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J Neurophysiol. 2007 Aug;98(2):769-85. Epub 2007 Jun 6.

Retinogeniculate transmission in wakefulness.

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Department of Cell Biology and Anatomy, Louisiana State University Health Sciences Center, New Orleans, Louisiana 70112, USA.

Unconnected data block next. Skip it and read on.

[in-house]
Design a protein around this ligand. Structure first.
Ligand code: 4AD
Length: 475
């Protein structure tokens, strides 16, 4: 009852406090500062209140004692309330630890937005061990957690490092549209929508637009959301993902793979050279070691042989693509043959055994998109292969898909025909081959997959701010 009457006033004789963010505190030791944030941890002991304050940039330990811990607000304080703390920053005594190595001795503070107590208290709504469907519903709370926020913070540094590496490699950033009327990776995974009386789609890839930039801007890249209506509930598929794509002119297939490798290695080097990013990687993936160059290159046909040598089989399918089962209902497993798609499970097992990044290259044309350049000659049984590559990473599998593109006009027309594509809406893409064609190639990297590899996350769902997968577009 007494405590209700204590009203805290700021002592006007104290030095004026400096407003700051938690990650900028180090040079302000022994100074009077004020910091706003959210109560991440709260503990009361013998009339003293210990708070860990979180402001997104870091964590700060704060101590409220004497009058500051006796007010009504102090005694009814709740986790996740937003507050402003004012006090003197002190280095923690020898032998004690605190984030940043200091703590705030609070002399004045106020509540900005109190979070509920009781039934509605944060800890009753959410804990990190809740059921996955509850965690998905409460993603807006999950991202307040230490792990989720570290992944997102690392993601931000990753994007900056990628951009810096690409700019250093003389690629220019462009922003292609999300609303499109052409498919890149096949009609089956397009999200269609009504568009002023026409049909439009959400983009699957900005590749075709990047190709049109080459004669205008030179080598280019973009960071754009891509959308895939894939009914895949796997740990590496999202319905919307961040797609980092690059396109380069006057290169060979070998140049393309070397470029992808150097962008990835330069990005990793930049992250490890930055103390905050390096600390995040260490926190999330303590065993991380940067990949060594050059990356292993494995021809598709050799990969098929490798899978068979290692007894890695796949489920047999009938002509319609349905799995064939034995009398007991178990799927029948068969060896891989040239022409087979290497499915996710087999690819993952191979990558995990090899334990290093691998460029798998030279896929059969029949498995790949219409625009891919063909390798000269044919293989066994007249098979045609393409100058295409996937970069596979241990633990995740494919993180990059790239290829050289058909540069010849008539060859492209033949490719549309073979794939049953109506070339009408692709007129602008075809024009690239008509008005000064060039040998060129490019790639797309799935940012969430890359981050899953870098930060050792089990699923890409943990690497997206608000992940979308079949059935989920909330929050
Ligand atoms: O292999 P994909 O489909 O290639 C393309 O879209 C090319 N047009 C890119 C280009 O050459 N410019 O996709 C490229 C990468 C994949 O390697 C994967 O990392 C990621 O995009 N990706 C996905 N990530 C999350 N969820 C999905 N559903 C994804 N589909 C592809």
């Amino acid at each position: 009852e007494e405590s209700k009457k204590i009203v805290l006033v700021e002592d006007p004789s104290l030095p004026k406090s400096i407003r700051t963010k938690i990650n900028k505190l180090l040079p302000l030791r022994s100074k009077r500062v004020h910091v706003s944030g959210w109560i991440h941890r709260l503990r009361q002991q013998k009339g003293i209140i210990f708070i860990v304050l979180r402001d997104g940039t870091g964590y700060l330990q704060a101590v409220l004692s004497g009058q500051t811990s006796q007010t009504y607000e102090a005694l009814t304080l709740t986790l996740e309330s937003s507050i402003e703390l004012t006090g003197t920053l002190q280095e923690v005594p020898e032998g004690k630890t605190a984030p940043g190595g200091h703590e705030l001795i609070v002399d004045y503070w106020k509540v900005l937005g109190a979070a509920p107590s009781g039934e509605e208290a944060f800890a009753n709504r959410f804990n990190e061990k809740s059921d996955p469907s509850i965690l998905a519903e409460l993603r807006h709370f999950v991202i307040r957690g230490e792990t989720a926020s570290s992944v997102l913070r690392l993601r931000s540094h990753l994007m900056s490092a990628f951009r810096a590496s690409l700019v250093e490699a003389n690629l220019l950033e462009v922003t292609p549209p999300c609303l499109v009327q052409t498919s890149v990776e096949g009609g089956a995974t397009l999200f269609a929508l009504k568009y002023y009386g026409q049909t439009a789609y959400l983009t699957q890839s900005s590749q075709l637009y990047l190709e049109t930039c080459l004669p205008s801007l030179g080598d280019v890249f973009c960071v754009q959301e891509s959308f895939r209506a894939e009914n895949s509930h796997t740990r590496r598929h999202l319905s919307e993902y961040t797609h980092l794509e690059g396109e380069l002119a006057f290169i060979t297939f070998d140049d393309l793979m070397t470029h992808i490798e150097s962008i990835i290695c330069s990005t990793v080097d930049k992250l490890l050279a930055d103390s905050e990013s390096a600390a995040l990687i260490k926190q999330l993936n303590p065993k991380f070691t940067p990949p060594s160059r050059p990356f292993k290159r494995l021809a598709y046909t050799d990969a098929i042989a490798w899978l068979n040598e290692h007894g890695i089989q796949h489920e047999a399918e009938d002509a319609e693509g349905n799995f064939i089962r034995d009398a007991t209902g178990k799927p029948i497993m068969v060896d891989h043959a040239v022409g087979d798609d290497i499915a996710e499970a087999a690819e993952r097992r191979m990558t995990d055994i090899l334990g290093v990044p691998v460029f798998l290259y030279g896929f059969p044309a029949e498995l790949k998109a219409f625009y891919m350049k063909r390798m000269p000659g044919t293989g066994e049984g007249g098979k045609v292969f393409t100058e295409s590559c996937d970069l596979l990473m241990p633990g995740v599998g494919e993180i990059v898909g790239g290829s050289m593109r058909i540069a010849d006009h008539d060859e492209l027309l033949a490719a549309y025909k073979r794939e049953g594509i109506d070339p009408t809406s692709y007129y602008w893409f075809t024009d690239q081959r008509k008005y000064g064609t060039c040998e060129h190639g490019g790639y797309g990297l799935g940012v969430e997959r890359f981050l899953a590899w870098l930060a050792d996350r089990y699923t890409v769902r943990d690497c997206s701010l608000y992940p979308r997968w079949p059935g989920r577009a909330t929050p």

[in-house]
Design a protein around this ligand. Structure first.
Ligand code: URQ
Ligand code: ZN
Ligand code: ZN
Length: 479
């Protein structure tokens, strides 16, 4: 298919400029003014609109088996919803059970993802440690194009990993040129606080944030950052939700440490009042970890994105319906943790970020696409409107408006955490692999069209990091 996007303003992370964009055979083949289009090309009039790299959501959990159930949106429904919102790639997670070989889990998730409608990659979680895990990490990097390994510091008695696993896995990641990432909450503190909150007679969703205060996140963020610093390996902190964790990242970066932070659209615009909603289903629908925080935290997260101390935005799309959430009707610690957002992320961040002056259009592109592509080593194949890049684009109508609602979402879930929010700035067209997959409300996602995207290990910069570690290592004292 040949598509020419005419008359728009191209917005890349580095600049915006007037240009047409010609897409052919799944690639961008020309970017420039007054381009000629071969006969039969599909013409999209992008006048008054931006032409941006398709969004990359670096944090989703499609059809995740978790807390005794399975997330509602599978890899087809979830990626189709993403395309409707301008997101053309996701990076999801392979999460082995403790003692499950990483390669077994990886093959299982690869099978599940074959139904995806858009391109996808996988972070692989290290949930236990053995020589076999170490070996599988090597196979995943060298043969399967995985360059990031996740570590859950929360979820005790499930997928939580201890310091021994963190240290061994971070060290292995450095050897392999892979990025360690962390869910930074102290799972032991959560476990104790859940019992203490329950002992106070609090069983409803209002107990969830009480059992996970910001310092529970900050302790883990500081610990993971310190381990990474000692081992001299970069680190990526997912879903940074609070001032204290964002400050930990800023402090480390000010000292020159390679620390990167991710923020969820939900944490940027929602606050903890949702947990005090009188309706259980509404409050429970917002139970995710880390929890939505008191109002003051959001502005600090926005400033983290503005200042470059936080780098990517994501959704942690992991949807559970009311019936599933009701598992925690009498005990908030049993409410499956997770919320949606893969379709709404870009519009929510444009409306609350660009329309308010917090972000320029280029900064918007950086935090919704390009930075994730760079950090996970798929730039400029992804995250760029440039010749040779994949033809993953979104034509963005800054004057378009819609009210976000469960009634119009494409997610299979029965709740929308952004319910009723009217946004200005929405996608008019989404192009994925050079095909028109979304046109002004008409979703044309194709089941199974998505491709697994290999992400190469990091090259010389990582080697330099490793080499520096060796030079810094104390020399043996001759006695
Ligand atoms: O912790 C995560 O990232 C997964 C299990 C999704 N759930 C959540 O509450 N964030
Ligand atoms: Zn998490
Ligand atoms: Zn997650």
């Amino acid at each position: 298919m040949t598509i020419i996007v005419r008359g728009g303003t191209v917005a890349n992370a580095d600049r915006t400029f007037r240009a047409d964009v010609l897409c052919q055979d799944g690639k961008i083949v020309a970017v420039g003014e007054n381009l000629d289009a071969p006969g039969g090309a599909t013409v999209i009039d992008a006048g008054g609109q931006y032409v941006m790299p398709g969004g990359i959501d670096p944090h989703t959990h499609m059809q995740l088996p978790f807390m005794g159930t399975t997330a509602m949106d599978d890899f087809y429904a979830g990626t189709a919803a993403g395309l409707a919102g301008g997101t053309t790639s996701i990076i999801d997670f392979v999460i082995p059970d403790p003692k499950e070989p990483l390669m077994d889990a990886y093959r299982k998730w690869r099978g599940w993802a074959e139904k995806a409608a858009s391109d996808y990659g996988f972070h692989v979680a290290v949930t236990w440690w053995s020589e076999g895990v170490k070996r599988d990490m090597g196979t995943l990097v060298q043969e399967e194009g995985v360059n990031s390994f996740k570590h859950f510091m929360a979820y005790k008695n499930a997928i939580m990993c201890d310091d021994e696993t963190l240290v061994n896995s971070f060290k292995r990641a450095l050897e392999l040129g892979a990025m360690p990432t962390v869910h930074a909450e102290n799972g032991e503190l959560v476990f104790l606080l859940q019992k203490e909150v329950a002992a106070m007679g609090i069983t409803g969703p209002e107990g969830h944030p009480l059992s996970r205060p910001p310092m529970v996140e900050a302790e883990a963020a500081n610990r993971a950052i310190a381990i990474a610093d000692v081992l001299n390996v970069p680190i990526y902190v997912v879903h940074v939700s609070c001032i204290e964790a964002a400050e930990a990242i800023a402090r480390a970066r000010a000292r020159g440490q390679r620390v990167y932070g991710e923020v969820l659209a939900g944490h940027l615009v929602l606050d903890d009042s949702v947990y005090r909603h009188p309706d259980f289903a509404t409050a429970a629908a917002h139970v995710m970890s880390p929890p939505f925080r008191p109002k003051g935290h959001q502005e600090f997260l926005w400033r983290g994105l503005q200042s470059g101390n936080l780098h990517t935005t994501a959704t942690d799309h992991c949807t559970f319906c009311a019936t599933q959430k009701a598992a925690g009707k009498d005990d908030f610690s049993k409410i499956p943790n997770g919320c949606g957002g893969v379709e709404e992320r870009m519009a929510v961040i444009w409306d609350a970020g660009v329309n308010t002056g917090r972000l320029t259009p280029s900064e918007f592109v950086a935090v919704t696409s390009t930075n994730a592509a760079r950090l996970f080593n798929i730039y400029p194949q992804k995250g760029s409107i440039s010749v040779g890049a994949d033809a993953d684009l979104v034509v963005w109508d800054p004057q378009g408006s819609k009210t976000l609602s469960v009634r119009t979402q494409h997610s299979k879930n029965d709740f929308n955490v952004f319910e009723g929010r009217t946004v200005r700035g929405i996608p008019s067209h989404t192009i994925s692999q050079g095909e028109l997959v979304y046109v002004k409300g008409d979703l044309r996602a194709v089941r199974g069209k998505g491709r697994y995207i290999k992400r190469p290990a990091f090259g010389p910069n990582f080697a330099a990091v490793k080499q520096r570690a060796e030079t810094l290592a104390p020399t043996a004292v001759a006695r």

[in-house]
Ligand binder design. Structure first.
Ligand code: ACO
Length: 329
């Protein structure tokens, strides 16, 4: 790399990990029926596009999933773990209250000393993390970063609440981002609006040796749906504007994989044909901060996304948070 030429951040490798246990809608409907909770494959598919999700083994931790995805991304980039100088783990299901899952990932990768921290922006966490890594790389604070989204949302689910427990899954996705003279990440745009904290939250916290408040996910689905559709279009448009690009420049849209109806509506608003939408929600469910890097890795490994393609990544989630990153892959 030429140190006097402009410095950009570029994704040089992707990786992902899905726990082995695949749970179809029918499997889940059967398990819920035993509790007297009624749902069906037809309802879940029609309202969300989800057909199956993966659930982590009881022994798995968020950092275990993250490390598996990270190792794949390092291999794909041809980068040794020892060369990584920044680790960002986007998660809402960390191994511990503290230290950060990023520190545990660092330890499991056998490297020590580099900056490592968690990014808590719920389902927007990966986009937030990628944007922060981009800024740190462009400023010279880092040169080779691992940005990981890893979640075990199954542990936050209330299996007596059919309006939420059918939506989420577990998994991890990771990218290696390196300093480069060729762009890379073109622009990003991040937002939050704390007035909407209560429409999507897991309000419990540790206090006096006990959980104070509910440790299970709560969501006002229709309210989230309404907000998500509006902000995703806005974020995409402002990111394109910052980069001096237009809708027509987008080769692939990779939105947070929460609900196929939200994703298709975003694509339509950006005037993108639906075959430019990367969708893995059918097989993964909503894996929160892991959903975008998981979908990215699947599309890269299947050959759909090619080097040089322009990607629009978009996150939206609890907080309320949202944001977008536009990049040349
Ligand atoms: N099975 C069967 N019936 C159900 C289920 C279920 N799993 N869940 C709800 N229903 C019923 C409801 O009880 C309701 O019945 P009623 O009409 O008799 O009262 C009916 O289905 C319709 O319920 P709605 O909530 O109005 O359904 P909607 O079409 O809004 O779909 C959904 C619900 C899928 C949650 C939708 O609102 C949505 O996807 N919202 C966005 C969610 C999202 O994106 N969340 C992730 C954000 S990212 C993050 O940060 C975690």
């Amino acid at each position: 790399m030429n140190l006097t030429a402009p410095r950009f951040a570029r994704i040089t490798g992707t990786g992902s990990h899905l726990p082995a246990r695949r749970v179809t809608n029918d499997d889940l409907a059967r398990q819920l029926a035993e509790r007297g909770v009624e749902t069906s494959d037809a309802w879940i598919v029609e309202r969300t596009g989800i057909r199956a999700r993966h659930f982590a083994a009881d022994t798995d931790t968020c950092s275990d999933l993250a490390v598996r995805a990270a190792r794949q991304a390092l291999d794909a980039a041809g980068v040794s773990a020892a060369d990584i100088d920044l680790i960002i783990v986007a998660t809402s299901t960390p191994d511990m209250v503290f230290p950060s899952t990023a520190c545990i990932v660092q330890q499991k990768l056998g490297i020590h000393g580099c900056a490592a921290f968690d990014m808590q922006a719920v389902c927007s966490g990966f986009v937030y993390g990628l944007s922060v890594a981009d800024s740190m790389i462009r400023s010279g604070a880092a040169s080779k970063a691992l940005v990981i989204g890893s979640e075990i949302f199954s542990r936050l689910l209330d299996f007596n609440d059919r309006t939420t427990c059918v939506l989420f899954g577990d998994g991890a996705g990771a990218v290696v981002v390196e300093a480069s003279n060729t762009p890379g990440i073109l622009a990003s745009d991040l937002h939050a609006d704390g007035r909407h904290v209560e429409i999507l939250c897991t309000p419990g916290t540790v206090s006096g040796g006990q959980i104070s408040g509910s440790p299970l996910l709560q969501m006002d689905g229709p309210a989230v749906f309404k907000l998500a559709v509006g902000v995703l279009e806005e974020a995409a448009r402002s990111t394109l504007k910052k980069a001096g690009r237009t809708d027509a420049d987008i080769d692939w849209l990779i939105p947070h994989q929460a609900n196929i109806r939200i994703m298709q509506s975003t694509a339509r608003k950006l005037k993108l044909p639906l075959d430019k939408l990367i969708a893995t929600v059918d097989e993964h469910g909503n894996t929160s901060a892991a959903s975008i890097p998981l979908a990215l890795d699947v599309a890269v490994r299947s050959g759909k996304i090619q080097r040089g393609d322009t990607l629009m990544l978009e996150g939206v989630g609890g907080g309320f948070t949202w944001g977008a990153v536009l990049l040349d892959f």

Despite popular belief that the primary function of the thalamus is to "gate" sensory inputs by state, few studies have attempted to directly characterize the efficacy of such gating in the awake, behaving animal. I measured the efficacy of retinogeniculate transmission in the awake cat by taking advantage of the fact that many neurons in the lateral geniculate nucleus (LGN) are dominated by a single retinal input, and that this input produces a distinct event known as the S-potential. Retinal input failed to produce an LGN action potential half of the time. However, success or failure was powerfully tied to the recency of the S-potential. Short intervals tend to be successful and long intervals unsuccessful. For four of 12 neurons, the probability that a given S-potential could cause a spike exceeded 90% if that S-potential was preceded by an S-potential within the previous 10 ms (100 Hz). Whereas this temporal influence on efficacy has been demonstrated extensively in anesthetized animals, wakefulness is different in several ways. Overall efficacy is better in wakefulness than in anesthesia, the durations of facilitating effects are briefer in wakefulness, efficacy of long intervals is superior in wakefulness, and the temporal dependence can be briefly disrupted by altering background illumination. The last two observations may be particularly significant. Increased success at long intervals in wakefulness provides additional evidence that the spike code of the anesthetized animal is not the spike code of the awake animal. Altering retinogeniculate efficacy by altering visual conditions undermines the influence inter-S-potential interval might have in determining efficacy in the real world. Finally, S-potential amplitude, duration, and even slope are dynamic and systematic within wakefulness; providing further support that the S-potential is the extracellular signature of the retinal EPSP.

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